Tucson CitizenTucson Citizen

Rosemont Mine threatens S. Ariz’s beauty

Over Labor Day weekend, Davidson Canyon was running bank to bank (as  the O'odham cowboys say) and full with mud. The grass was waist high  and reminiscent of its historical proportions. The caterpillars and  flowers were plentiful.</p>
<p>This is truly one of the least appropriate places for a mine.

Over Labor Day weekend, Davidson Canyon was running bank to bank (as the O'odham cowboys say) and full with mud. The grass was waist high and reminiscent of its historical proportions. The caterpillars and flowers were plentiful.

This is truly one of the least appropriate places for a mine.

Driving the length of the designated scenic highway that is state Route 83, I was reminded that the Rosemont Mine and its blast dust will be visible from all over Sonoita – from the rodeo stands at the fairgrounds, from the Elgin School and from the Sonoita Fire Station.

The idea that they will place a berm along 83 as mitigation is laughable.

The mine will be seen from the west gate of Fort Huachuca and the entire Sonoita plateau, from backyards, schoolyards, churches, rented Harleys and thoroughbred horses, and from the ever-expanding vineyards.

If you have not taken this drive, please do. Driving north from the Huachuca Mountains toward Sonoita really is one of the most beautiful drives anywhere.

Along 83 north and south of Sonoita, you see the Huachucas, Santa Ritas, Catalinas, Rincons, Chiracauhuas, San Pedro Valley and more for 60 miles in every direction.

To say you will not see the pit where it climbs to the ridge of the northern arm of the Santa Ritas is absurd.

This area is home to people, pronghorn and cougars. To destroy such priceless resources as a lifelong safe home for our citizens in exchange for the short-term profits of a foreign investor is to guarantee that our homeland is not secure at all.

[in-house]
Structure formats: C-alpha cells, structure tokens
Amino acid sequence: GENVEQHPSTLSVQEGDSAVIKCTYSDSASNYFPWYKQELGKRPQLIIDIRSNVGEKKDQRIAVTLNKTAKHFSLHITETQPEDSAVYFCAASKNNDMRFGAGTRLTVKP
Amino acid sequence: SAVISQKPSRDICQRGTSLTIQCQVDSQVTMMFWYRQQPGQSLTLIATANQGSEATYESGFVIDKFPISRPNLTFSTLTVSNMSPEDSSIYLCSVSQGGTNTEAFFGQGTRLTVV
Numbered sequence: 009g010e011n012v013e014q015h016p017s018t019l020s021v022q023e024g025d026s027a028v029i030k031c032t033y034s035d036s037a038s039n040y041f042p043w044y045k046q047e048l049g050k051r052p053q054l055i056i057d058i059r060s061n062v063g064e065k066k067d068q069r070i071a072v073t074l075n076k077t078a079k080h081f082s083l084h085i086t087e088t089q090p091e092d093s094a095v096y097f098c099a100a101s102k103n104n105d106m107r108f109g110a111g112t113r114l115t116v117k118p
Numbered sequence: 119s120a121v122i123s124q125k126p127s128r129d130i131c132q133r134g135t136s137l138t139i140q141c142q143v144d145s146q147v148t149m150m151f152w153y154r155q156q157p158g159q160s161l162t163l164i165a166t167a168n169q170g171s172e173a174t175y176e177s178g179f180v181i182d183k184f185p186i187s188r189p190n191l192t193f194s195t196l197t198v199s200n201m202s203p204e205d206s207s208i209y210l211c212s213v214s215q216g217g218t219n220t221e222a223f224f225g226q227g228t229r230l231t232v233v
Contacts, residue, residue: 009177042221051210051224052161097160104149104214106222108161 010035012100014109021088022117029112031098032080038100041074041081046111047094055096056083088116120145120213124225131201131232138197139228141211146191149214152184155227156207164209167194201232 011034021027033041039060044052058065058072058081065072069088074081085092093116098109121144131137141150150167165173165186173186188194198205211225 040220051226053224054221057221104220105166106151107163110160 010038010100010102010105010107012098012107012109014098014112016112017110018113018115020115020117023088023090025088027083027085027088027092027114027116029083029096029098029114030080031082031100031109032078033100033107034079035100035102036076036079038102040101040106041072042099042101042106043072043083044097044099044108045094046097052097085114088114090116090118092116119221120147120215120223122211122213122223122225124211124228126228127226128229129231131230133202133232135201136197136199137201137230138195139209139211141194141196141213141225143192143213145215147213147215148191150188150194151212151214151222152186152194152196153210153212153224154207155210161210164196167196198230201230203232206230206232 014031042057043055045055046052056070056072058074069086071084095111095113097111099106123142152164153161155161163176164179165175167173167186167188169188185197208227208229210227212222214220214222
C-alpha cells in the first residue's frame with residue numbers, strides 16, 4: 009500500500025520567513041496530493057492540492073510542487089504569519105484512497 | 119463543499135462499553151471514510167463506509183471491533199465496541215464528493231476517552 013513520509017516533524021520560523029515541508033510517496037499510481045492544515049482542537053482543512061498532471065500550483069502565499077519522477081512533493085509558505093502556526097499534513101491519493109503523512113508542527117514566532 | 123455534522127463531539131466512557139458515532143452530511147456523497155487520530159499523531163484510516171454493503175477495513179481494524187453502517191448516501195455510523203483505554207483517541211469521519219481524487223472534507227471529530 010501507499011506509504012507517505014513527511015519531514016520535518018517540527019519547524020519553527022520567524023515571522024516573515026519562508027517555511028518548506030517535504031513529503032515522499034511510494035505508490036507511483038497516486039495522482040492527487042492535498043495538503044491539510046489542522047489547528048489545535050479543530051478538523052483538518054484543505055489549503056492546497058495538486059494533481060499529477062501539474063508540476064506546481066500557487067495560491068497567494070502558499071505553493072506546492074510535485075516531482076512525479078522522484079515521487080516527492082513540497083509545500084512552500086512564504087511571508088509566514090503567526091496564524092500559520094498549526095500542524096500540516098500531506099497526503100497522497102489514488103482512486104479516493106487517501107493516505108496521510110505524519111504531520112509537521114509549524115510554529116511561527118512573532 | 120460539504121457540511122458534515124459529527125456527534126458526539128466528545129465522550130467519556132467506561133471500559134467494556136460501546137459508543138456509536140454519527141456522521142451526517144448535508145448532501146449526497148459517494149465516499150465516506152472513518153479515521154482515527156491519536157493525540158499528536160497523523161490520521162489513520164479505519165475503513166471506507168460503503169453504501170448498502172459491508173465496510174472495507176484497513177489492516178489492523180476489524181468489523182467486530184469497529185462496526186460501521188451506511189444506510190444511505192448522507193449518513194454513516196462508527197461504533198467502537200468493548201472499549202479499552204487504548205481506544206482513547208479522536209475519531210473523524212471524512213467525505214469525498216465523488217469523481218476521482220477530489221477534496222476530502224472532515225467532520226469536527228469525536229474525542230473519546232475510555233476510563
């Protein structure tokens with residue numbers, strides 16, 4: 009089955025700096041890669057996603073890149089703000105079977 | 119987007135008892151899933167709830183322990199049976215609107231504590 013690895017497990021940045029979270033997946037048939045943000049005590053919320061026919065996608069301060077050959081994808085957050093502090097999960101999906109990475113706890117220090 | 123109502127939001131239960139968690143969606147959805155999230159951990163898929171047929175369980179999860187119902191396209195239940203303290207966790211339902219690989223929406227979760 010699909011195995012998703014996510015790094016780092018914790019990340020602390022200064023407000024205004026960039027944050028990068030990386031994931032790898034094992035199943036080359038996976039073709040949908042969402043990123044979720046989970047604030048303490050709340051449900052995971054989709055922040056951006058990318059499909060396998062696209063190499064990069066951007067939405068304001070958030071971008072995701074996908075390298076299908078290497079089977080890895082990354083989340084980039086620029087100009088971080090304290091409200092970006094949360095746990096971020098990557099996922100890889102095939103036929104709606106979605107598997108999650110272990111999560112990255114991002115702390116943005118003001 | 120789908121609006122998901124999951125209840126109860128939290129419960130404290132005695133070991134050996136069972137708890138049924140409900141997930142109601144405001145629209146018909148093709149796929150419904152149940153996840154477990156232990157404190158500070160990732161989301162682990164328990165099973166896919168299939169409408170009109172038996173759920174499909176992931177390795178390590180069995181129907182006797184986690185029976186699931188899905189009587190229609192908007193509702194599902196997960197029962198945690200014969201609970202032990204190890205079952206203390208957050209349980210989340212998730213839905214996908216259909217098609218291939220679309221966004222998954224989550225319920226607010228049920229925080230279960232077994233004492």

Geographically, this area is so diverse that it attracts tourists from all over the world.

It is the only land bridge above 4,000 feet between the Rockies and the Sierra Madre.

Look at any 1,000-foot contour map of the continents, and you will see this narrow isthmus between continental mountain ranges. Our weather is created there.

Traveling along Route 83 leaving the Sonoran Desert, you climb past the mine site into grasslands plateau truly rare in the Southwest and then into Madrean evergreen forest.

The mine is at the transition point where in winter you may first view the snowcapped peak of Mount Wrightson and in early summer the mass of monsoon building to the southeast.

This is where the monsoon meets the mountains and hot air rising from Tucson to create our rain, at the headwaters of our watershed.

Mine development in that location will not only destroy the Forest Service’s multiuse management goal, but also our own unique geography.

Economists, hydrologists, chemists, engineers and biologists will undoubtedly weigh the predicted changes, but the damage is easy to foresee.

Over Labor Day weekend, Davidson Canyon was running bank to bank (as the O’odham cowboys say) and full with mud. The grass was waist high and reminiscent of its historical proportions. The caterpillars and flowers were plentiful.

This is truly one of the least appropriate places for a mine.

While I shed a tear for this area, the sorrow will be much greater the first time someone dies in an accident on Route 83 involving a mining truck.

And it will be greater forever for residents of eastern Pima and western Cochise counties.

Greg Saxe is a University of Arizona graduate and Tucson resident who has worked locally as a planner for 15 years.

Citizen Online Archive, 2006-2009

This archive contains all the stories that appeared on the Tucson Citizen's website from mid-2006 to June 1, 2009.

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For all of the stories that were archived by the Tucson Citizen newspaper's library in a digital archive between 1993 and 2009, go to Morgue Part 2

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